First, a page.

The report also recommended that the federal government alter the way it approaches veterans preference by both extending the time limit on the Veterans Recruitment Authority and restricting veterans preference to only a tie-breaking preference that applies exclusively to veterans entering federal service for the first time.

“What we have found, especially now, is that many service members want to go on to get an education, to use their GI Bill. Once they complete their education, they are no longer eligible to exercise the VRA,” said Heck, adding that the government should shift to “revamping the veterans’ preference to focus more on recently-separated veterans to allow them to enter into public service. Whereas right now, a veteran who enters public service, has got a career in public service can utilize that same preference to apply for another job at a higher pay grade within the public service. So we should refocus it on individuals that are recently separated and use that as an incentive to get them into public service.”

The commission also recommended sweeping changes to the federal hiring and HR process as a whole, including simplifying USAJobs postings and making them more cross-compatible with other job listing sites; ensuring that all federal internships and fellowships are paid and offer a concrete path to full-time employment; streamlining the process for transitioning a fed from one agency to another; and creating a reserve program of cyber talent to call upon in emergency situations.

Many elements for reform in bringing in new or returning talent revolve around expanding the noncompetitive eligibility designation for employees that left public service temporarily to gain outside experience, participated in a federal internship, or spent time in another service avenue like AmeriCorps prior to applying for a federal job.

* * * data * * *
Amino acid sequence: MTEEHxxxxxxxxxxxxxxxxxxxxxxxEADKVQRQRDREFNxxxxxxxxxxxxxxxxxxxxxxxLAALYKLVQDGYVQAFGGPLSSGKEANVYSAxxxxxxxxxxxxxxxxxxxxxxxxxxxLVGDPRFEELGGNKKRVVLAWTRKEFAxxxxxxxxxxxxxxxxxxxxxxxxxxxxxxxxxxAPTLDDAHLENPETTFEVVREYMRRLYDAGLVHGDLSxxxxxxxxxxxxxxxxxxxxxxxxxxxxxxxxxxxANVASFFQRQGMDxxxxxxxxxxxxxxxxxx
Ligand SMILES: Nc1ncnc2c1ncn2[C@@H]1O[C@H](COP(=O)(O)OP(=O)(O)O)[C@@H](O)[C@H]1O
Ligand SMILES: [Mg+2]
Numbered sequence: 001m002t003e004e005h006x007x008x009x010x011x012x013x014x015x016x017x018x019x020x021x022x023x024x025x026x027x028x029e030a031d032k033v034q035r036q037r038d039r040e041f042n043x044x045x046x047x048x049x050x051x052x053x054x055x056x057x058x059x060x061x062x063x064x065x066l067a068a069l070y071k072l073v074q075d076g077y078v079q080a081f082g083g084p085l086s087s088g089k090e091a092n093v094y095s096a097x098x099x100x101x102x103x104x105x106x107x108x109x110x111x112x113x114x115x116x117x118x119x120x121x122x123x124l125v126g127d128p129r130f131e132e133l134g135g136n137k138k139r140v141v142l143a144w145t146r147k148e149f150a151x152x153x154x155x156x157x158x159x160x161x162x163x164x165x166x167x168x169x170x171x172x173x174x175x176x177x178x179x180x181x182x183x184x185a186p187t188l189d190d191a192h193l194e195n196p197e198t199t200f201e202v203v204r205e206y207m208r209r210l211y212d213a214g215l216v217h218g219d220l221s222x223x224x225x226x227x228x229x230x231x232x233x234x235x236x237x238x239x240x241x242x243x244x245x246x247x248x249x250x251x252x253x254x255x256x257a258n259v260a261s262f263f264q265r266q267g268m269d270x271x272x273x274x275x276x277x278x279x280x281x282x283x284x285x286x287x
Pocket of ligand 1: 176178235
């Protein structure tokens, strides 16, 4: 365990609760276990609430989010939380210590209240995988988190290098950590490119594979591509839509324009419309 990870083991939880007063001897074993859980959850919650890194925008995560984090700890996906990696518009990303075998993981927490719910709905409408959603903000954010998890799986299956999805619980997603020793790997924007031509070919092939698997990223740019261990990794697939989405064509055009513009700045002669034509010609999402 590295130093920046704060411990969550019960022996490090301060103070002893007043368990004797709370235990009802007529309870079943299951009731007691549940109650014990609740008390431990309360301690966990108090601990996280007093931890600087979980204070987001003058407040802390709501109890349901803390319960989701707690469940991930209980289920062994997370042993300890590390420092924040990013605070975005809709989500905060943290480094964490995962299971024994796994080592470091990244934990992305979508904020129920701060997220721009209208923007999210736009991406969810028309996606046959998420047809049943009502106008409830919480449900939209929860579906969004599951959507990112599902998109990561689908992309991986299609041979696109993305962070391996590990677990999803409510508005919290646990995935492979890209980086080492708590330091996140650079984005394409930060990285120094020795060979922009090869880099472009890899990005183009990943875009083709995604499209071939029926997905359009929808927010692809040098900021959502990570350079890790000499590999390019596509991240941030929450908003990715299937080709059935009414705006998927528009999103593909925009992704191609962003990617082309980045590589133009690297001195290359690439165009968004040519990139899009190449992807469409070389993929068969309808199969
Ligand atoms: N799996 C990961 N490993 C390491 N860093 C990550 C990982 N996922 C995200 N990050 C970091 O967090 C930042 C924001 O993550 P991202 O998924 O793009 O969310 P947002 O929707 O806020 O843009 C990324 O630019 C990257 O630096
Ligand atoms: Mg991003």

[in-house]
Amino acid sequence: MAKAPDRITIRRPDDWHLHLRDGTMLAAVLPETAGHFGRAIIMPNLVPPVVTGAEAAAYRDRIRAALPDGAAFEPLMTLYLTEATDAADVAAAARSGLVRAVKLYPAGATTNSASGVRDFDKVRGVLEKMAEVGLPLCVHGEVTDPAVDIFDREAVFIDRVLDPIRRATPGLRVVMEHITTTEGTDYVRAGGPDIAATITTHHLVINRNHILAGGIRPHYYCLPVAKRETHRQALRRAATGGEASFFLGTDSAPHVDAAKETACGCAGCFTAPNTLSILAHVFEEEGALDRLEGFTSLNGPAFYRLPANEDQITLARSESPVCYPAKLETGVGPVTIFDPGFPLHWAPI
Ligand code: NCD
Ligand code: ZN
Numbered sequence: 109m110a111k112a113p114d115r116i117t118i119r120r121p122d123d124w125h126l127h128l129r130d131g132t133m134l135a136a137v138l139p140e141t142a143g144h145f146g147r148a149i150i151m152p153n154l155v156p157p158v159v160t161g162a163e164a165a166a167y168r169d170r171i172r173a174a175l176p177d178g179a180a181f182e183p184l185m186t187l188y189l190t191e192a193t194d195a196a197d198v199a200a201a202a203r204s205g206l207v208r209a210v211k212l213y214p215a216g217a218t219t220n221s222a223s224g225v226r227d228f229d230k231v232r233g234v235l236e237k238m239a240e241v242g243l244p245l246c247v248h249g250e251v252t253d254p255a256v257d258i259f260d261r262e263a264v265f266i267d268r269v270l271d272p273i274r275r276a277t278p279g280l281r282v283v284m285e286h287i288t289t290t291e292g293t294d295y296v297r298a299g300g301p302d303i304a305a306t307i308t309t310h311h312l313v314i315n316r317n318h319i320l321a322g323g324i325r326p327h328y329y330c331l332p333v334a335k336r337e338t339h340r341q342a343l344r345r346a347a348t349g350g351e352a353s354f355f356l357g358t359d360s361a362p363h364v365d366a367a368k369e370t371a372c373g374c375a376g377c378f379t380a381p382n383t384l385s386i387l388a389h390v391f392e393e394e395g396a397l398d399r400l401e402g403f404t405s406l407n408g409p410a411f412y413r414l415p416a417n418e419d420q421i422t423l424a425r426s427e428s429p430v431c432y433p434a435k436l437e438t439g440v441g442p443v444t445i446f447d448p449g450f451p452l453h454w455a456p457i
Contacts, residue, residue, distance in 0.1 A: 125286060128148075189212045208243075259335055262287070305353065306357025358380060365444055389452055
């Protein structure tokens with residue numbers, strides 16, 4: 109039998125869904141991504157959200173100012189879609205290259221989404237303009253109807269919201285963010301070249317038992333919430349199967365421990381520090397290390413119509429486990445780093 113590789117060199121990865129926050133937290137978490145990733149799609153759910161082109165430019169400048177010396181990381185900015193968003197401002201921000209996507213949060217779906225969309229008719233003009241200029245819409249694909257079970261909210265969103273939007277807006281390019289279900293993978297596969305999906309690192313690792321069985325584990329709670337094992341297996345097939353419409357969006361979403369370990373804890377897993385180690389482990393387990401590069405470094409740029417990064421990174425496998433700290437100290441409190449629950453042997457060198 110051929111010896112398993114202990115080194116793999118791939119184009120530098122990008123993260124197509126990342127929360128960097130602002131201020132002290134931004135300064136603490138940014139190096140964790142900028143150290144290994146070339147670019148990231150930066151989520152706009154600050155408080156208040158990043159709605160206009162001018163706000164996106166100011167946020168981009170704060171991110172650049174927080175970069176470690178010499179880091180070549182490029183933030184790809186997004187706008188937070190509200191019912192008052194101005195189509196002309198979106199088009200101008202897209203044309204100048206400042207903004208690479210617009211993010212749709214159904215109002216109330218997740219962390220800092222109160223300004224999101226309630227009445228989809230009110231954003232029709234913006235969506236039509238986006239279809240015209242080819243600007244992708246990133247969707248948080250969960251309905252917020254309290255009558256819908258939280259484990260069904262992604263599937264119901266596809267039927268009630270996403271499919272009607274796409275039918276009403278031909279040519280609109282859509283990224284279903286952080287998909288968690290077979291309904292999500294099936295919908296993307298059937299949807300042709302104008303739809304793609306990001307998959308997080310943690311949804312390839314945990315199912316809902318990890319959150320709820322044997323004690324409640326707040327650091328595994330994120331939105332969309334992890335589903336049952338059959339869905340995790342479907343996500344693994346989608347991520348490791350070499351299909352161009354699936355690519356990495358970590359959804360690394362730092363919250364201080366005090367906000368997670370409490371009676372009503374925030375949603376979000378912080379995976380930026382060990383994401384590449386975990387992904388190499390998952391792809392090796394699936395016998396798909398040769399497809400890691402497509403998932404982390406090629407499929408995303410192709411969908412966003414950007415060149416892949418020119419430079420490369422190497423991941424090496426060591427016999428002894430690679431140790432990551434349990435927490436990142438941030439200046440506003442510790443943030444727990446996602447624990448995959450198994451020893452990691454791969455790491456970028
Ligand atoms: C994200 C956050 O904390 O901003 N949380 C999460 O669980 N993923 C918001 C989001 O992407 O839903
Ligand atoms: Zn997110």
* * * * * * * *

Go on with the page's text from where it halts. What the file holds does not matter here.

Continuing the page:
The report also recommends that agencies be notified when an NCE applicant expresses interest in their job opening, so that they may choose to pursue the potentially faster course of hiring that individual.

But the American Federation of Government Employees worried that greater use of such authorities could have negative consequences:

“Expanded use of noncompetitive hiring authorities perpetuates a closed system of hiring with less diversity and quality in job candidates. The current problems in federal hiring are more attributable to a largely closed system of hiring where managers use direct hire authorities to hire candidates they know rather than competitively selecting from a broad field of qualified candidates. A closed system of non-competitive hiring is not sustainable over the long haul and will only serve to further discourage persons from diverse backgrounds from applying for federal jobs.”

AFGE also opposed recommendations to expand the use of temporary appointments in federal hiring, grant more direct hire authority to agencies so that they can circumvent the competitive hiring process, create a pilot program for an entirely new personnel system outside of the General Schedule, and design a “cafeteria” benefits plan that allows employees to select which insurance and retirement benefits they want to participate in, depending on whether they plan to stay in government long-term or not.

And though many of the commission’s recommendations touch on hotly-debated issues of federal workforce reform, Rep. Jimmy Panetta, D-Calif. Introduced legislation earlier this month to implement many of the proposed reforms.

Jessie Bur covers federal IT and management.